The study, which removed and re-added Wikipedia content from Google and examined how users interacted with Google, found that Google “becomes a worse search engine” without Wikipedia (user clickthrough rates dropped significantly), and also demonstrated “Google’s critical role in providing readership to Wikipedia” because of those clickthroughs.
Rather than examine the potential harms that big tech is inflicting on a volunteer-run service that many people have called the greatest act of cooperation in the history of the human race, Silicon Valley has doubled down on its reliance on Wikipedia
Most importantly, though, the study found that “this mutually beneficial relationship is in jeopardy: changes Google has made to its search results that involve directly surfacing Wikipedia content are significantly reducing traffic to Wikipedia.”
The difference, of course, is that Google is one of the richest companies in the world and Wikipedia is a volunteer project. When Wikipedia benefits, humankind benefits (in theory). When Google benefits, Google makes a lot of money.
The paper suggested that “a long-term reduction of traffic to Wikipedia due to the Knowledge Graph (and perhaps due to Google’s direct surfacing of Wikipedia content) could have substantial negative effects on Wikipedia’s peer production model. In particular, some have argued that this reduction in traffic could lead to a 'death spiral,' in which a decrease in visitors leads to a decline in both overall edits and new editors, not to mention much-needed donations.”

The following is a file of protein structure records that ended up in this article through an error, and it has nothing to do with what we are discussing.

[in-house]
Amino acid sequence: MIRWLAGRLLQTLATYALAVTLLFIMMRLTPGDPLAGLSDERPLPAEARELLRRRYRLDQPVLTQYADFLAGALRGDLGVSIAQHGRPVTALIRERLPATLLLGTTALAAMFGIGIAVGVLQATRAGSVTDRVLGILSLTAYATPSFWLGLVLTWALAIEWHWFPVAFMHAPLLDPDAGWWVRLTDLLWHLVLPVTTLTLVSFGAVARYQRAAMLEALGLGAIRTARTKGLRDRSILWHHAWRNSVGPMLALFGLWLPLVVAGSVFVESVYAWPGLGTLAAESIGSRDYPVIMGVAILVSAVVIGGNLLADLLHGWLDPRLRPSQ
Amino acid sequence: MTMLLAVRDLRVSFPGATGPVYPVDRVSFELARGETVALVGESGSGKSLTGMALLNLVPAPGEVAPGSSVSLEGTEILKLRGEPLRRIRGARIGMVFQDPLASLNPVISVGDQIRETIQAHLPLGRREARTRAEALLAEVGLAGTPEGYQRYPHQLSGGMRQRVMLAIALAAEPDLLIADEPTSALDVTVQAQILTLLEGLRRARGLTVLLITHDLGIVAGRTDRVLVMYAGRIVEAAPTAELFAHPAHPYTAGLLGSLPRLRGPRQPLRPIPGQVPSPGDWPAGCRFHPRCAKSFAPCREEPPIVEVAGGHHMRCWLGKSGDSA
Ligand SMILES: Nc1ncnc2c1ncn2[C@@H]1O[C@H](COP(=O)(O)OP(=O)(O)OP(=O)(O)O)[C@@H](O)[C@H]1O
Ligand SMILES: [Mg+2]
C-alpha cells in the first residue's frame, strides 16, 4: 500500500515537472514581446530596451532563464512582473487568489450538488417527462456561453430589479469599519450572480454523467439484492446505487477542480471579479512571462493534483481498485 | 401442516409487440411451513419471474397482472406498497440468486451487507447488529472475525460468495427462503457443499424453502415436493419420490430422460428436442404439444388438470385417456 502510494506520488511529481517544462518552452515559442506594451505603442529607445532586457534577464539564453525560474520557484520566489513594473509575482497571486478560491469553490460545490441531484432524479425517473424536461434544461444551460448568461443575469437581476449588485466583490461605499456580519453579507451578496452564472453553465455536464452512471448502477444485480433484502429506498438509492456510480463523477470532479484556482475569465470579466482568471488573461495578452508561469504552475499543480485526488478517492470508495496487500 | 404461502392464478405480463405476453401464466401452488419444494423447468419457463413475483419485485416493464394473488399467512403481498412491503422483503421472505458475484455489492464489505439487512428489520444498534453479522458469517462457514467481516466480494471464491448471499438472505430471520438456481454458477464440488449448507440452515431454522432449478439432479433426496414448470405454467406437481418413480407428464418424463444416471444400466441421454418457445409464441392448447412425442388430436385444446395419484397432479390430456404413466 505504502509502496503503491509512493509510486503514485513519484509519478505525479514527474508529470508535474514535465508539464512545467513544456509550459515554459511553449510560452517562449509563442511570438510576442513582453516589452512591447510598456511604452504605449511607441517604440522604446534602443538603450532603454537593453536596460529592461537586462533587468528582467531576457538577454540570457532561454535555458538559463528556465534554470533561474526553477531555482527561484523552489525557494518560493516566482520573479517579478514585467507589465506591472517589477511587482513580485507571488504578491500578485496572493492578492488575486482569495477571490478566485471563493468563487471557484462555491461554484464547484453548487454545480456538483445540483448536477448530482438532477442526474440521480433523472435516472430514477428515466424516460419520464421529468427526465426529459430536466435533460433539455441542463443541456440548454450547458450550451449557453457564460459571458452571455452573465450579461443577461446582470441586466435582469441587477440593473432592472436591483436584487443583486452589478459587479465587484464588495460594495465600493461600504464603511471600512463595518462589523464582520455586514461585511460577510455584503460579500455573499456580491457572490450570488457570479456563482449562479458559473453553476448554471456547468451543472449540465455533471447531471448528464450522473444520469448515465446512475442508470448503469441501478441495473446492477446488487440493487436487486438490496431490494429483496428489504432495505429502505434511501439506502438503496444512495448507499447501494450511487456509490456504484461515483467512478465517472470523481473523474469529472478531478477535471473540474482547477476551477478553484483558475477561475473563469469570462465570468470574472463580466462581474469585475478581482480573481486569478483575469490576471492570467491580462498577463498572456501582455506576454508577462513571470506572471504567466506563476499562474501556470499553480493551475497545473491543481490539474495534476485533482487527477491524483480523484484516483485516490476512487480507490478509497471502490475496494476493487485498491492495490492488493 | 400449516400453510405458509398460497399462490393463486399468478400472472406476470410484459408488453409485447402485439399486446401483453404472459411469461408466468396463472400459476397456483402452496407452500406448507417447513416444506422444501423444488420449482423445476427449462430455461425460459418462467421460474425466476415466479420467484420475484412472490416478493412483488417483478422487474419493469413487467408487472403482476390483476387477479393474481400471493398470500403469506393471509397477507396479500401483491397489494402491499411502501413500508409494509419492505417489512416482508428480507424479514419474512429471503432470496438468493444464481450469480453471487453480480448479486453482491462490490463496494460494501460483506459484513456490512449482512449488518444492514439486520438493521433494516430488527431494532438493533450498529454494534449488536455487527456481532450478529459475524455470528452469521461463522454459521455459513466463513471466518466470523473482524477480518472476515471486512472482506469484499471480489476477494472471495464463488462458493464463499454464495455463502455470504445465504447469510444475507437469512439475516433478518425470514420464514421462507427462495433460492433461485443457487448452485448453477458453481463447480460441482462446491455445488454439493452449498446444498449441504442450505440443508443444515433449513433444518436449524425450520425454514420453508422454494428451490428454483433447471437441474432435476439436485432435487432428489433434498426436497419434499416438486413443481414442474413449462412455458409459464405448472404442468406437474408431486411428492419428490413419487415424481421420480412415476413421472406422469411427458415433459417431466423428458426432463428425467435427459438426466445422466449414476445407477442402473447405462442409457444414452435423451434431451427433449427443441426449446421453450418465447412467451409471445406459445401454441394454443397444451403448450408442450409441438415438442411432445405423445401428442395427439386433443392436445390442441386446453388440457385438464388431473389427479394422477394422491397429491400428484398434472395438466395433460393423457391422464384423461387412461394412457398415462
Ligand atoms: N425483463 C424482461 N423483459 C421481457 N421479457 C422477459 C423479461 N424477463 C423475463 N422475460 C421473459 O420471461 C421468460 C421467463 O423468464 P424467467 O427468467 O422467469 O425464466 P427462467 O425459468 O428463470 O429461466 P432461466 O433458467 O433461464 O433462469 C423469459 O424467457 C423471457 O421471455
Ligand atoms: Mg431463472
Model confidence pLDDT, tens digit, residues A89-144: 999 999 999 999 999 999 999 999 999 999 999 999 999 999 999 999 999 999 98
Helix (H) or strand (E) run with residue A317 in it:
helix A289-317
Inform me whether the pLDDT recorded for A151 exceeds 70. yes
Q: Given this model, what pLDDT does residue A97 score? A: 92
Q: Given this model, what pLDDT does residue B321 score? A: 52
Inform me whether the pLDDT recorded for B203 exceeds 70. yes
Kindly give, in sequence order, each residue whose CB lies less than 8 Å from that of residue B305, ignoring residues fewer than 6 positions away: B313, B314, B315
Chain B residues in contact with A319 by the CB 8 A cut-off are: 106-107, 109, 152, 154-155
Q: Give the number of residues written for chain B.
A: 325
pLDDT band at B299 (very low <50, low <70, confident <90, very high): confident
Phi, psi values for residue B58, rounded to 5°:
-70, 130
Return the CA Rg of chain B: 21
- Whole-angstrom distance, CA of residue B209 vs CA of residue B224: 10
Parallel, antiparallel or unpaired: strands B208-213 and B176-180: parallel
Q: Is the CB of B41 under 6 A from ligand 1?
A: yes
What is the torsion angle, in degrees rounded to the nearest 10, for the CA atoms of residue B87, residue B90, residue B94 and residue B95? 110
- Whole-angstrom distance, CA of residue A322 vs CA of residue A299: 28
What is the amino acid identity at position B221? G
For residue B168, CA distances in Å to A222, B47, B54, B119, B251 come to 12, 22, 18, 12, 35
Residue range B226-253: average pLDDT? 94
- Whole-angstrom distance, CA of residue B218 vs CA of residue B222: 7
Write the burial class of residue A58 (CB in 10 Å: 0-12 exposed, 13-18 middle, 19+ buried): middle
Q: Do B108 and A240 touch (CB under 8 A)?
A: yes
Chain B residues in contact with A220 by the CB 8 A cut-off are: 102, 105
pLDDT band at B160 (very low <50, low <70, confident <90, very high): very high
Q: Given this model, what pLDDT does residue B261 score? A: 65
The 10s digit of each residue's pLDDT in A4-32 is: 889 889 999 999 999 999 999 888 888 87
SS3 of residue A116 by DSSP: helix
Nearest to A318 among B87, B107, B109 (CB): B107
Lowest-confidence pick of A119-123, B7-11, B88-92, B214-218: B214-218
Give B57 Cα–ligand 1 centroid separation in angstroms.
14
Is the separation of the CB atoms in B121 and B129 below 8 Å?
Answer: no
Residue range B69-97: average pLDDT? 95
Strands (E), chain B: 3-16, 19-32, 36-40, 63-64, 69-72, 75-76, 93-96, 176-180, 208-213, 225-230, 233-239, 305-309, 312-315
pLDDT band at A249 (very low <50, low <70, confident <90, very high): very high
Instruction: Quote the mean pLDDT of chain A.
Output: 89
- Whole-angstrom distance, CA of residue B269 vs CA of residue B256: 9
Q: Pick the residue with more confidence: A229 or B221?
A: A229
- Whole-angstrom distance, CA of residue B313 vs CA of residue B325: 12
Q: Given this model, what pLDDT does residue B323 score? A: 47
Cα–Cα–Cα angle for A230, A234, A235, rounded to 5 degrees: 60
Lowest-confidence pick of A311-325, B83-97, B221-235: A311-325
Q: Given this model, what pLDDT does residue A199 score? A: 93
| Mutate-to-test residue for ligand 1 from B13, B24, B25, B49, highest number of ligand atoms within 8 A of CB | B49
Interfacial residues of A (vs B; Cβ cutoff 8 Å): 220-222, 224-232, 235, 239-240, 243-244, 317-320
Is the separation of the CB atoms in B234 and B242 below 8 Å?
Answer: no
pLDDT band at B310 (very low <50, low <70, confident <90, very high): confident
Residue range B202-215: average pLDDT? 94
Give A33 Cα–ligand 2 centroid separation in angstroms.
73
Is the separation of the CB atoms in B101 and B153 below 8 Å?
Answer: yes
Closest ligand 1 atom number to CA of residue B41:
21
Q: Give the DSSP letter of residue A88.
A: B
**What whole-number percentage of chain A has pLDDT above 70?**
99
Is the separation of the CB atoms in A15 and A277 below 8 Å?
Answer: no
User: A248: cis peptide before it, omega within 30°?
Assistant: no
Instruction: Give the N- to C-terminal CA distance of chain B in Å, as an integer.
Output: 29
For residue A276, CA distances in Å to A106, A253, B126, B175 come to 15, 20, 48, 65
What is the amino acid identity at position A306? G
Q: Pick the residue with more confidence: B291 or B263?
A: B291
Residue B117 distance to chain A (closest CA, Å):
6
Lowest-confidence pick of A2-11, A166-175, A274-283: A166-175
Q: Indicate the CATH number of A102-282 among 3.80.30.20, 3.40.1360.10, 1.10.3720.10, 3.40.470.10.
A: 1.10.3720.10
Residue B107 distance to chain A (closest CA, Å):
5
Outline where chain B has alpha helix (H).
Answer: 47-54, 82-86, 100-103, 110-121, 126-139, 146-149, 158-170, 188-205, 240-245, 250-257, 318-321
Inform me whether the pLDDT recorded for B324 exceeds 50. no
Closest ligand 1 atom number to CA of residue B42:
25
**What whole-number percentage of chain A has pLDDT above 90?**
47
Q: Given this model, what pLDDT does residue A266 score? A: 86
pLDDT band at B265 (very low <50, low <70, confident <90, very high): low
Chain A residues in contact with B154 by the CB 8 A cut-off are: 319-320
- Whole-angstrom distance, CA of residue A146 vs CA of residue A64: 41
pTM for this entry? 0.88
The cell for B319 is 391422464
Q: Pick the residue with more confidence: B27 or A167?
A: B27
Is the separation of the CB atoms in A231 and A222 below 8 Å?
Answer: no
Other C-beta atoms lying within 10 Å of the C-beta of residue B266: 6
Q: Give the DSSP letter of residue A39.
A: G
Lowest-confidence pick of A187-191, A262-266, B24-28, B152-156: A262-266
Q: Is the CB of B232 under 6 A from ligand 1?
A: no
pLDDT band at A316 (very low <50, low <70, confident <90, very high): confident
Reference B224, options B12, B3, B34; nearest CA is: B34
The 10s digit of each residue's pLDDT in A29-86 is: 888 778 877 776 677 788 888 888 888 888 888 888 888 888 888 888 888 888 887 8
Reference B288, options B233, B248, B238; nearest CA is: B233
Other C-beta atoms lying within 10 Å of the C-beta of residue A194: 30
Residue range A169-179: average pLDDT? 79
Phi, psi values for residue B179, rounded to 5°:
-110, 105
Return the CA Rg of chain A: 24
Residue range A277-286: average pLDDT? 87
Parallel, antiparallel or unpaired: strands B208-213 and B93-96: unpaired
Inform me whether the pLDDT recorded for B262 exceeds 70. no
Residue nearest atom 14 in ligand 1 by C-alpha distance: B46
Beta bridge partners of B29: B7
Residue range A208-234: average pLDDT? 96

This is having impacts outside of a controlled study. A January email thread called “Lower Page Views” that circulated on the Wikimedia-L—an email listserv where Wikipedians and Wikimedia Foundation members discuss the site—explained that traffic to Wikipedia across the board was flat or had decreased in recent months; many of the respondents to that thread, which includes Wikimedia Foundation members as well as Wikipedia editors, blamed Google.
Rather than examine the potential harms that big tech is inflicting on a volunteer-run service that many people have called the greatest act of cooperation in the history of the human race, Silicon Valley has doubled down on its reliance on Wikipedia.
Wikipedians are upset that Amazon Alexa is surfacing answers from Wikipedia without giving proper credit; a thread on Wikimedia-L wonders aloud whether the Amazon Echo was violating copyright law because it doesn’t attribute answers to Wikipedia. Meanwhile, both Facebook and YouTube have outsourced their fake news and conspiracy problems to Wikipedia’s unpaid volunteers.
There is a problem here, and it’s not one of anti conservative bias. It’s that Google has haphazardly outsourced finding knowledge to its algorithms and to a website that is run by volunteers, and that outsourcing is killing the site. If a random Wikipedia editor falsely calls Republican Nazis, it’s a juvenile troll by an unpaid pseudonymous person. If Google incorrectly sources that information, though, it’s a national shitstorm.